Pusher Men

Natalia Almada has some serious bragging rights. Awarded a MacArthur Fellowship just a few weeks ago, the rising documentary filmmaker will have the word “genius” (as in “genius grant”) attached to her name in every article and film festival bio for the rest of her sure-to-be-long career. Her work, however, gives no indication of an oversized ego. Almada’s remarkable 2011 documentary about the Mexican drug cartels, El Velador, uses the night watchman in a cemetery populated with the garish mausoleums of overambitious drug lords as an entry point to the ongoing tragedy that is contemporary Mexico. The filmmaker, who taught an intensive, well-received documentary workshop at the S.F. Art Institute this summer, infuses her work with a lyricism, pace, and poetry that is as far from the notion of “educational films” as you can get. Her experiential approach gets us closer to the truth of the situation and the place, and sticks with us far longer than a formulaic recitation of facts and assemblage of talking heads. Tune in to Almada now, before she gets really big.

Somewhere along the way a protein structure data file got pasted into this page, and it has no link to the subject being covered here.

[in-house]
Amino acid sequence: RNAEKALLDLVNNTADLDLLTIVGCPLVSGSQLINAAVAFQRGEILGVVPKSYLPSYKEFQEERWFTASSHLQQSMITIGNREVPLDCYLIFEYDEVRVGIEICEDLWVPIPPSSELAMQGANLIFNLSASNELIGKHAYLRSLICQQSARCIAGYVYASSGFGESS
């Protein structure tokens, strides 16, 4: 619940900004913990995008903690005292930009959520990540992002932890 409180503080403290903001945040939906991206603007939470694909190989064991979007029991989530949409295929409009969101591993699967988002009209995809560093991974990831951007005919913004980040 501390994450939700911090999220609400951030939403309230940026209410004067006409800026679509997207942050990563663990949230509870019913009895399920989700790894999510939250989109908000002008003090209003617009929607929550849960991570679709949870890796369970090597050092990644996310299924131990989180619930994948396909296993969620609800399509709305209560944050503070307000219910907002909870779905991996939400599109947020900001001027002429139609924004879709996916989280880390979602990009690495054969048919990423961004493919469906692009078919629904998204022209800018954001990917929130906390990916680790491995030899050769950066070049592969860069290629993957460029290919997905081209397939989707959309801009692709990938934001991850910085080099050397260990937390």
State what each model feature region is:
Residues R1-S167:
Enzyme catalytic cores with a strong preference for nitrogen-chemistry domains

Thu., Nov. 1, 7:30 p.m.; Sun., Nov. 4, 2 p.m., 2012

 
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